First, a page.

On her turf I listen to her parents yelling at each in Italian as if they were across the hallway instead of across the table. It's the first time I've heard anyone raise their voice so matter of factly and without anger. I wonder what an argument would sound like. How many decibels would their voices rise? Her parents want to know if we have outhouses in our part of the country. Do we have running water? I laugh. Seriously? I think about telling them we have outhouses only in our churches but I don't.

One day we go to the neighbourhood restaurant and buy country chicken for supper. As we wait for her dad to come back to the car I notice the St. Christopher medal on the dash of the car. I ask my friend what it is and she tells me he is the Patron Saint of Travellers. She says it without apology and I think to myself that is some kind of weird shit to believe.

Sunday comes and that means it's time to go to church. The last time I was in a church I was 8 years old. We sit near the middle of the church but I sit at the end of the pew. I've always liked an exit route.  I look around the cavernous building. It's full of light and the roof is so far away I bet we'd look like ants if I was a fly on the ceiling.The priest starts to talk and I tune him out - daydreaming as I look around me at the stone walls and the stained glass windows. I'm not paying one iota of attention when suddenly the woman in front of me turns around, smiles, and extends her hand sayinig, "Peace of Christ be with you." I turn a bright shade of red and clumsily shake her hand. I look at my friend and raise my eyebrows. She thrusts her own hand towards me and I hastily shake it as if I'm afraid that whatever she has is catching.

For the next few minutes I am bombarded with people shaking my hand and smiling at me and I want to shrink down into nothingness. Weird shit all over again. Relief floods over me when everyone turns around and sits down. For the rest of the service I feel a little on edge because I don't know the way it works and I hate not knowing what comes next. I never again go into a Catholic Church without reminding myself that at some point a stranger is going to thrust their hand in my direction. I don't know why they will but I determine that I'll never get caught off guard again. It means I have to pay attention.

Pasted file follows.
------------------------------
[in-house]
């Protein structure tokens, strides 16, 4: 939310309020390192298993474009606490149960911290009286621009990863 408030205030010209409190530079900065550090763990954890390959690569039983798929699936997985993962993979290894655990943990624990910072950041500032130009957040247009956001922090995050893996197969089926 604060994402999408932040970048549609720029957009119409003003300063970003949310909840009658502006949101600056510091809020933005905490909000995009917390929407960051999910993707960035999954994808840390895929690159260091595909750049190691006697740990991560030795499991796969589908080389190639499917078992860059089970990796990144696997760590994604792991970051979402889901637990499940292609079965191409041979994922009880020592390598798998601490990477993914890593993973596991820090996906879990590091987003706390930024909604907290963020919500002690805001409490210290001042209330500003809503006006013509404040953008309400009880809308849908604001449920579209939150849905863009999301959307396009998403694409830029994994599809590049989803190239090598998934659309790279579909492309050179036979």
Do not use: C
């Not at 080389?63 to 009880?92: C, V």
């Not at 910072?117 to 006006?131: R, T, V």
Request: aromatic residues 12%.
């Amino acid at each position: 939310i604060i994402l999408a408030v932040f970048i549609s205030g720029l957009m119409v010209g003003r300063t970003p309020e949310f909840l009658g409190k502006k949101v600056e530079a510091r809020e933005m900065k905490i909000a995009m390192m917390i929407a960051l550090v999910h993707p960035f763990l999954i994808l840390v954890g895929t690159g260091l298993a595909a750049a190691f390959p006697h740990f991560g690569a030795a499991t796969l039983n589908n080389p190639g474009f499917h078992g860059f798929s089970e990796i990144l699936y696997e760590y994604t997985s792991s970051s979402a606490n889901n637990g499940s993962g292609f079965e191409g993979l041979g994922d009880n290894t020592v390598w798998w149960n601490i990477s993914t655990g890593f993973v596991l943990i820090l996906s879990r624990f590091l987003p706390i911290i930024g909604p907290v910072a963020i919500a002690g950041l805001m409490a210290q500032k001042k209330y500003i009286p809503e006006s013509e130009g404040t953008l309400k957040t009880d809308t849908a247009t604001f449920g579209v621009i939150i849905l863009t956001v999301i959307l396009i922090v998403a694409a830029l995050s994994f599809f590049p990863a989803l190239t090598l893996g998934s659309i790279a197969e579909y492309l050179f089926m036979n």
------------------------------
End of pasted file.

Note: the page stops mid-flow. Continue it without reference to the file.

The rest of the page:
I come into the coolness of the church and go about setting up the altar, carefully placing the cloths in the right order on top of the chalice. The rituals soothe my nerves and I'm glad because I've  been feeling agitated all morning. Full of fear.  I've run to the starting line of 'this is going to kill me' and my  mind has raced around the track in that vein for much of the day. When the priest comes in I go to him and tell him the results of my biopsy. He grips my arm and whispers in my ear with an urgency in his voice, "God bless you." I hear echoes of "He will. He will" ring in my ears.

We gather around the altar for the Lord's prayer as is our custom in our tiny church in the boon docks. Nearly 35 years have passed since that day of embarrassing hand shakes. My friend has since left her faith and I find myself having embraced it fully. I am standing directly in  front of the altar and when the priest lifts his eyes and says "May the peace of the Lord be with you always." His eyes meet mine as he says it and I breathe deeply, soaking it in. As I extend my hand to those around me I want more than anything to feel Christ's peace.

"I want our old life back." Dearest One is standing in the bathroom doorway, shirtless save for a St. Christopher medal hanging around his neck. I poke him gently on the tip of his nose and say, "There is no difference between this life and the other one." He looks at me and says, "You know, that other one. The one we had some control over. The one before last Thursday." I press the St. Christopher medal into his chest like I'm pushing a telephone number and smile at him. "That semblance of control , was an illusion."

As I say it I look at St. Christopher and think about the journey we are on and offer up a silent prayer for travelling mercies. Weird shit, indeed.

Friday, August 03, 2012

Dreaming Myself Awake

I wake with a start from a dream and it takes a few seconds to figure out where I am. It felt like it was a split second between dream and reality and once I realize I'm in reality, I think about the dream and laugh, so, so glad it was only a dream. In it I kept getting dressed for a banquet in fancy clothes and every single time I came out of the dressing room I had an immediate Janet Jackson wardrobe malfunction. Oh, the looks of horror on people's faces! No matter how many times I tried to get ready the same side of my top disappeared.